What is Behavioral Interviewing? [Interviewing]

Behavioral Interviewing

Behavioral interviewing is a popular approach to screening job candidates. It is based on a philosophy that assessing a candidate’s past behavior and experiences is a reliable indicator of his/her response to identical situations in the future.

Traditional Interviewing v/s Behavioral Interviewing

Screening candidates gives interviewers a glimpse into an applicant’s characteristics, skills, and experiences to determine their fit for a position. Unlike a traditional interview, which poses hypothetical questions, in behavioral interviews interviewers ask questions intended to elicit concrete examples that reveal whether the candidate demonstrated particular behaviors or skills in the past.

For example, instead of asking a candidate, “How will you deal with a team member who was not pulling his weight on a project?” as in a traditional interview, an interviewer using the behavioral interviewing technique may ask, “Describe a project where one of your teammates was not pulling his weight. What did you do? Did he change?”

Behavioral Interviewing Process

Typically, prior to the interview, an interviewer identifies a set of behavioral traits and characteristics he/she believes is essential for success on a particular assignment. He/she then selects a series of questions structured as follows:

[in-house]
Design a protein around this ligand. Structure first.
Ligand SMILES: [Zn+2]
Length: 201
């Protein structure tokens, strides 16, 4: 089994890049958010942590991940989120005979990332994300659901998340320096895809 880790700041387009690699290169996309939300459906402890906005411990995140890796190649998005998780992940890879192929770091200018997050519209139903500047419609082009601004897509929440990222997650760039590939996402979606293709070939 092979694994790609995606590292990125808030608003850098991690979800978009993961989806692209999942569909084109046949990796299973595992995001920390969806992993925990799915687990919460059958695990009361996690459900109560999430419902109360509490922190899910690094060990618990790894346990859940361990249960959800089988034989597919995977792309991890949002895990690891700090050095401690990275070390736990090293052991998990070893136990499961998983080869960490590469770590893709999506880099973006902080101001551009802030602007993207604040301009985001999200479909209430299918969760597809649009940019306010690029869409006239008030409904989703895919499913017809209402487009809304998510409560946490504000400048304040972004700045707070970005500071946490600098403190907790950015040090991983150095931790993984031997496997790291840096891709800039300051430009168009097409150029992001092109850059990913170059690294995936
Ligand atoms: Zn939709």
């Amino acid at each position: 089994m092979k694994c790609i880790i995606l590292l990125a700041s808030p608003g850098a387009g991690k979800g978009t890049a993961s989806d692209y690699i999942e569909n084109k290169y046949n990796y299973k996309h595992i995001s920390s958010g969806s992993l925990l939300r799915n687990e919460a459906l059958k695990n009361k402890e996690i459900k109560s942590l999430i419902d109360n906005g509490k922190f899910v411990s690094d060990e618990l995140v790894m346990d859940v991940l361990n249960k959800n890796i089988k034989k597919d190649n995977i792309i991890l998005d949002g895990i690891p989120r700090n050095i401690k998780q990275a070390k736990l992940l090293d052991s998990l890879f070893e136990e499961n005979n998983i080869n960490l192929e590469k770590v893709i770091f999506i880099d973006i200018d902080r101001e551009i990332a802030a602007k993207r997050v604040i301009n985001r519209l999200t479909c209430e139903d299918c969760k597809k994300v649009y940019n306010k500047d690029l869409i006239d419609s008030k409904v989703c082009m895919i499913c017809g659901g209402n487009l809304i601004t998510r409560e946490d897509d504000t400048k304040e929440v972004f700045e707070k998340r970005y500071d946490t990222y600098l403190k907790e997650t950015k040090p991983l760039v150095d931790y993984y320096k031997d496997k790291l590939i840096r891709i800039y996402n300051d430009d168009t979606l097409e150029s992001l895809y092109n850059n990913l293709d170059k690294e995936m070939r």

• Describe a time when you had to …. What did you do?
  • Give me an example of a time when you had to …?
  • Tell me about a situation in the past …

An interviewer may question the candidate’s responses and probe further:

  • What was the outcome?
  • Did you consider …?
  • How did the other person react?

Quite often, an interviewer structures questions such that a candidate cannot note the particular personality trait the interviewer seeks. Instead of allowing the candidate to theorize or generalize about events, the interviewer expects three details of each experience: (1) what was the situation, (2) how did the candidate deal with the situation, and, (3) was what the outcome.

The 'STAR' Technique to Answer Behavioral Interview Questions

Sample Behavioral Interview Questions

  • Describe a situation when your team members disagreed with your ideas or proposal on a project. What did you do?